Date of Award

8-2016

Document Type

Thesis

Degree Name

Master of Science (MS)

Department

Chemistry

Committee Member

Bill Pennington, Committee Chair

Committee Member

Modi Wetzler, Co-Chair

Committee Member

Andrew Tennyson

Committee Member

Daniel Whitehead

Committee Member

Rhett Smith

Abstract

Part 1:

Peptoids are isomers of peptides where the side chains are on the nitrogens instead of the carbons, which have been developed for a variety of biomedical, nano, and materials applications. Conventional peptoid synthesis uses molar concentrations of reagents and hours of reaction time per residue, thus practically limiting the lengths of peptoids. Recently, we have managed to improve yields and make peptoids of unprecedented lengths while reducing the reaction times and concentrations of reagents. Indeed, we have demonstrated that the conventional longer reaction times degrade the peptoids and lead to lower purities. In addition, by using microwave conditions, we successfully incorporate sterically bulky, chiral side chains into peptoids at concentrations lower than have ever been reported. We hereby report the longest peptoid ever synthesized, a 120-mer decablock copolymer that is nearly perfectly monodisperse without any purification.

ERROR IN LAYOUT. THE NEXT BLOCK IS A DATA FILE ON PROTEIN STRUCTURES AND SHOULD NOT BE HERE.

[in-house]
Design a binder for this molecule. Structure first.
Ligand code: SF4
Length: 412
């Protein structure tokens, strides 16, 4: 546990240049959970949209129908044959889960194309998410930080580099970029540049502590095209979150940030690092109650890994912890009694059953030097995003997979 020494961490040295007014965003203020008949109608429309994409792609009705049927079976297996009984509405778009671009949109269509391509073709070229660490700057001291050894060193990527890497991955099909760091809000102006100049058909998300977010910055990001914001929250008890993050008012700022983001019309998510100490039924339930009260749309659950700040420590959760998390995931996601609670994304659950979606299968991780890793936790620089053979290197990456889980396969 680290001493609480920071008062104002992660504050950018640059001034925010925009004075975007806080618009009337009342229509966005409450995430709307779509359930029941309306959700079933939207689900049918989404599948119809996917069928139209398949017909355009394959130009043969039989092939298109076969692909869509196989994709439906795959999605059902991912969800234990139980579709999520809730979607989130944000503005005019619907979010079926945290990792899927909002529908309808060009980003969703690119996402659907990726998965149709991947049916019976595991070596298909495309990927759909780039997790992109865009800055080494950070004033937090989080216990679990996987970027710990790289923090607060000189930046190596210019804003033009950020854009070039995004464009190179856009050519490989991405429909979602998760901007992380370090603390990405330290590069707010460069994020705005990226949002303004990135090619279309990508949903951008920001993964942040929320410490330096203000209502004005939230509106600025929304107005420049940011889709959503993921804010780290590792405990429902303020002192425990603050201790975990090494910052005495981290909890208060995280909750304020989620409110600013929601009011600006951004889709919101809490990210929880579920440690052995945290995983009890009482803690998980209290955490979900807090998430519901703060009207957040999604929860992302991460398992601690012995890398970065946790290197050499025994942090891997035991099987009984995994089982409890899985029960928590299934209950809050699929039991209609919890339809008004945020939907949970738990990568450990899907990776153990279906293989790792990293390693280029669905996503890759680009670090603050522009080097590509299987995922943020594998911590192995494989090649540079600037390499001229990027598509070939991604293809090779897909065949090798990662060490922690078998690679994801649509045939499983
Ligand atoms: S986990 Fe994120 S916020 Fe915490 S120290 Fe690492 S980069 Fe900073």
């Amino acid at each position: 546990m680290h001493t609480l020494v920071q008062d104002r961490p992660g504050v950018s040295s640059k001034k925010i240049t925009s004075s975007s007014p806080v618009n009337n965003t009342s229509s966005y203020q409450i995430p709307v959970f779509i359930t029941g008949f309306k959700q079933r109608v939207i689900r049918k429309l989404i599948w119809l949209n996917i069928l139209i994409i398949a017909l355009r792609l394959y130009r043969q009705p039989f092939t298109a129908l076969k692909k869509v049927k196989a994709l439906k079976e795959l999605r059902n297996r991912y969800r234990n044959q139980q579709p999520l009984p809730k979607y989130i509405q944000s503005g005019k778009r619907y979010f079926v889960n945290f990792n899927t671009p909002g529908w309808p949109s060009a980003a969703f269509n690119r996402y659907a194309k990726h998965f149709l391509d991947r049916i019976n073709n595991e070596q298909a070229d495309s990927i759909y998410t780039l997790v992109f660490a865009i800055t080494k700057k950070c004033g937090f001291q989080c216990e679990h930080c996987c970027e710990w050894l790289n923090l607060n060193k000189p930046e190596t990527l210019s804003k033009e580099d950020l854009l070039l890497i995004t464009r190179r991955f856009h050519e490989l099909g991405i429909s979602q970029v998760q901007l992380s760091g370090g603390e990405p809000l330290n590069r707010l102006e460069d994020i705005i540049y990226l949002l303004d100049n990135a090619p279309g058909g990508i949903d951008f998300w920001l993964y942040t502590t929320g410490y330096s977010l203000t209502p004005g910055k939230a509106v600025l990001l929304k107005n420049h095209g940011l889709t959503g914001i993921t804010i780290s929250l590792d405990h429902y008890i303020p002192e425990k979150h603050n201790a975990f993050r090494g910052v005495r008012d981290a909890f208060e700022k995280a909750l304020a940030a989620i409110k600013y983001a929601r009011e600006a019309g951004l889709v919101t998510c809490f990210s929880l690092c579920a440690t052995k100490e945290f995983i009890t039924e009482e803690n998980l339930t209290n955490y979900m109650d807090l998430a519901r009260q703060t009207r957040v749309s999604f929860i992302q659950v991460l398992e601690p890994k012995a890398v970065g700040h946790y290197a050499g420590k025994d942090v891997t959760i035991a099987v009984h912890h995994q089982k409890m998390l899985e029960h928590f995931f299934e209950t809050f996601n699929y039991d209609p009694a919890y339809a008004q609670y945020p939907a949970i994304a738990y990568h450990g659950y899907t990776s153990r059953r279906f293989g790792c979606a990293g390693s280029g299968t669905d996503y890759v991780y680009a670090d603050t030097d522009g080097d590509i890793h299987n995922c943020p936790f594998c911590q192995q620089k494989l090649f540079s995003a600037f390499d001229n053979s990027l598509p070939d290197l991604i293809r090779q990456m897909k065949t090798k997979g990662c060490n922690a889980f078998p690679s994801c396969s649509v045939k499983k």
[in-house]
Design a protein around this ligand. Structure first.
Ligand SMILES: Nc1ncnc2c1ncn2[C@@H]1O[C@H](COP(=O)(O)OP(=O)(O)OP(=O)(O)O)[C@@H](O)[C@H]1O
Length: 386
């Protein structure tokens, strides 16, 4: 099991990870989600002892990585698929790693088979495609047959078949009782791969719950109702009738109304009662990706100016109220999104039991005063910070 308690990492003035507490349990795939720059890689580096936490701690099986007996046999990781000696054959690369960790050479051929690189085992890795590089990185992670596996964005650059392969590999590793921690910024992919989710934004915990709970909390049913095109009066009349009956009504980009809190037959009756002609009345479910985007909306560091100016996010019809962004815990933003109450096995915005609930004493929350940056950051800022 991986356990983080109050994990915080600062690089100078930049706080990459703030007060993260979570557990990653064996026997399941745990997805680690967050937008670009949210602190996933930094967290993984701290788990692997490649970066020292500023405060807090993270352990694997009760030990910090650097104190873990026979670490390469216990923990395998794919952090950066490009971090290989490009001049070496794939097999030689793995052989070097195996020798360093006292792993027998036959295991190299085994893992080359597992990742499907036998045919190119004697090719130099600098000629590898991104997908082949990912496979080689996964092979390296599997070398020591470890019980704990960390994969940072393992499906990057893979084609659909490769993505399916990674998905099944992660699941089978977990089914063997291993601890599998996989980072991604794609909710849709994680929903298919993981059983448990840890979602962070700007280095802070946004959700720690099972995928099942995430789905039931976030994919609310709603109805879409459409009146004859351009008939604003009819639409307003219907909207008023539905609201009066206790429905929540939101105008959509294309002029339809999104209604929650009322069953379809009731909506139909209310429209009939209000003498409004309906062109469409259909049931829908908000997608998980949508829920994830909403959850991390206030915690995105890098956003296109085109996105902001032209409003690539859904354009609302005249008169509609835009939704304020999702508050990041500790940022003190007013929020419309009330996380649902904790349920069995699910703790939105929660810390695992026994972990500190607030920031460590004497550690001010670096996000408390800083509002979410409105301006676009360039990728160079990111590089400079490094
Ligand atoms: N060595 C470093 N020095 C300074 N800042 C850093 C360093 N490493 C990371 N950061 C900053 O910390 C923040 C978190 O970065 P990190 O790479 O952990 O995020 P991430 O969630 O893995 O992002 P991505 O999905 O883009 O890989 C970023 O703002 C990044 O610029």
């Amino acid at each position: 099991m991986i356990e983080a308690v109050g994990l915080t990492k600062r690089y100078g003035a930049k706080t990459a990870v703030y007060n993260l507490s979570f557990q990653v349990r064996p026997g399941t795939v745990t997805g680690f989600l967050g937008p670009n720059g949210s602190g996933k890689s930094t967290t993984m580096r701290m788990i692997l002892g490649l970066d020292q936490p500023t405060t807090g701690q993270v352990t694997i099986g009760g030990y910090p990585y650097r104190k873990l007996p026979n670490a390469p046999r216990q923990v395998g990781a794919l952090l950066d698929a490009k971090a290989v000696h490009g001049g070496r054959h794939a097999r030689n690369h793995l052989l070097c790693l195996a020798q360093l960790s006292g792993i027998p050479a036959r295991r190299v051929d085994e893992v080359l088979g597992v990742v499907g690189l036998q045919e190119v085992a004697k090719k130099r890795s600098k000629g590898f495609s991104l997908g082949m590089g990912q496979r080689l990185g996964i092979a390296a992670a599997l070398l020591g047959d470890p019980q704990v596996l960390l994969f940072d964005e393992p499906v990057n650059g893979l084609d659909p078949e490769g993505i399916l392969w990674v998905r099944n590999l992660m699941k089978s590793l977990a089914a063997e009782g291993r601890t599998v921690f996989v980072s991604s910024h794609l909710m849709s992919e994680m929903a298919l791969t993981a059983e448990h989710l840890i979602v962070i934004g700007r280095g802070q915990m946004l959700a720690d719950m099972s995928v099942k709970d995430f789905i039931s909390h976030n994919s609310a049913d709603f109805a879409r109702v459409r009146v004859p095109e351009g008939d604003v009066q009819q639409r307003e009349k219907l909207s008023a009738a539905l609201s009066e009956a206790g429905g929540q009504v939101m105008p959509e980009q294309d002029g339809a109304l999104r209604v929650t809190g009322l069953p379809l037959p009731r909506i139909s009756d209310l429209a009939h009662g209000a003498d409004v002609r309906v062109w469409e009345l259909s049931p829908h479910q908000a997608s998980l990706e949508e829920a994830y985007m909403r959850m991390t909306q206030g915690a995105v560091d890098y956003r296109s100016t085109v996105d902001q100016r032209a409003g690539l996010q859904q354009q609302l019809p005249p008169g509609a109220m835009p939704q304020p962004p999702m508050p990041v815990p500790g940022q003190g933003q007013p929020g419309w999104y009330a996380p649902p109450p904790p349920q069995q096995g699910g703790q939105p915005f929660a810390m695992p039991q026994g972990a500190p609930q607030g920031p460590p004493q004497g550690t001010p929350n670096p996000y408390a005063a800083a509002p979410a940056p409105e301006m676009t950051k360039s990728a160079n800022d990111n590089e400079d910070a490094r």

Part 2:

Creatine is a nitrogen-containing compound that helps supply energy to the cells in the body. This is done by accepting a phosphate from excess ATP to form phosphocreatine which is used to replenish ATP when needed. Half of the creatine in adults is obtained through their diet while the other half is synthesized by the body. However, creatine requires a transporter to cross the blood brain barrier (BBB) and mutation in the gene encoding for the creatine transporter, slc6a8 (creatine transporter deficiency, CTD) causes severe X-linked intellectual disability which accounts for approximately 2% of all X-Linked Intellectual Deficiency patients. CTD causes developmental delays, seizures, autistic features, speech impairment, brain atrophy and intellectual disabilities. Without a working creatine transporter, creatine cannot pass through BBB, therefore, analogs of creatine derivatives that could more readily diffuse through the BBB could potentially be used to treat CTD. Hence, the focus for this project was to synthesize creatine derivatives that could potentially cross the BBB without the need of a creatine transporter. This was done by modifying the creatine with substituents that are hydrophobic so that the derivative becomes lipophilic enough to cross the BBB.

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Chemistry Commons

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